“Oh St Lucy, preserve the light of my eyes so that I may see the beauties of creation, the glow of the sun, the color of the flowers and the smile of children.”
These words are just a small part of a prayer I say to myself most every day. Taking each day, one step at a time, soaking in as much of the beauties of the world that I am able to. Firmly relying and trusting and hoping that the medical interventions that I endure every six to seven weeks will place a hold on this degeneration that I am enduring.
Appreciating the world around me
I find myself stopping and really looking as the scenes of my days flitter by. The colors of the flowers, the contours of their petals, the shadows of the trees, the spacing of the sidewalks, all of the ordinary attributes of a simple walk outside that now holds a much higher importance in my day. The setting sun over the backyard view, its colors lasting long after it slips under the horizon. These are the moments I long to hold on to, to treasure, to try to reproduce them, to create a reminder of the wonder of it all.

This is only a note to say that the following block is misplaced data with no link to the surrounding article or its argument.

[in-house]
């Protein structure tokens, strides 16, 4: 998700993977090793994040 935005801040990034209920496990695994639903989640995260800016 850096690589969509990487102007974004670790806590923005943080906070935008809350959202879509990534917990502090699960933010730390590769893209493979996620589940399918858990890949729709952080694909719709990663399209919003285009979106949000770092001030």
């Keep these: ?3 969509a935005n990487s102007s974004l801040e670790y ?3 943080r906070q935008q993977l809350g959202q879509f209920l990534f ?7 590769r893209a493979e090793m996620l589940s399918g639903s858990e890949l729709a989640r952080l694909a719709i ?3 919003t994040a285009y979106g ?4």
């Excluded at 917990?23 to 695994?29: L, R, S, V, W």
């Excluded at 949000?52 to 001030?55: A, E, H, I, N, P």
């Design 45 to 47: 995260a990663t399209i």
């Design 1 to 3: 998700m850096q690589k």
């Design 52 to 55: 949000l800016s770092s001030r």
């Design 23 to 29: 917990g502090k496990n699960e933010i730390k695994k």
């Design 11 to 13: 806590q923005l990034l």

Even before my myopic degeneration diagnosis, I was rediscovering my passion for art. Be it drawing, or sketching, or coloring or painting, I was revitalizing an old passion of mine. Art. Retirement has a way of opening up the time to actually dive in and start this all anew. Our four “babies” have all grown up, flown the nest and now it was time to start over. And I did.
With an odd twist of irony or ill-fated luck, this degeneration reared its ugly head. This diagnosis was not what I wanted to hear. I wanted to see it all so I could create it all. Was this going to stop this renewal of my art?
I just couldn’t accept or believe it would. So I pushed on. Signed up for lessons, bought more and more supplies, started delving into it all. I bought lights then brighter lights and the art began to flow.
Most evenings, sometimes afternoons too, I’m situated at my desk with music playing, bright lights blazing, color pencils, graphite pencils, or paints splayed about working on that day’s latest project. I find myself peering close up to my subjects, working on minute details, recreating each and every single stroke just as I see it.
As I create each new piece, I am wondering if what I am doing is trying to hold on to those vibrate colors of the day. Recreating a memory of what I see, so that one day when just maybe things are not quite as vivid, quite as clear, I’ll have this image to hold on to. And in that memory, smile, thankful that I had that time, that chance to really see what was to be seen. Knowing that those memories will always be with me and make my heart happy.
Do you rely on food and nutrition to slow down the progression of MD?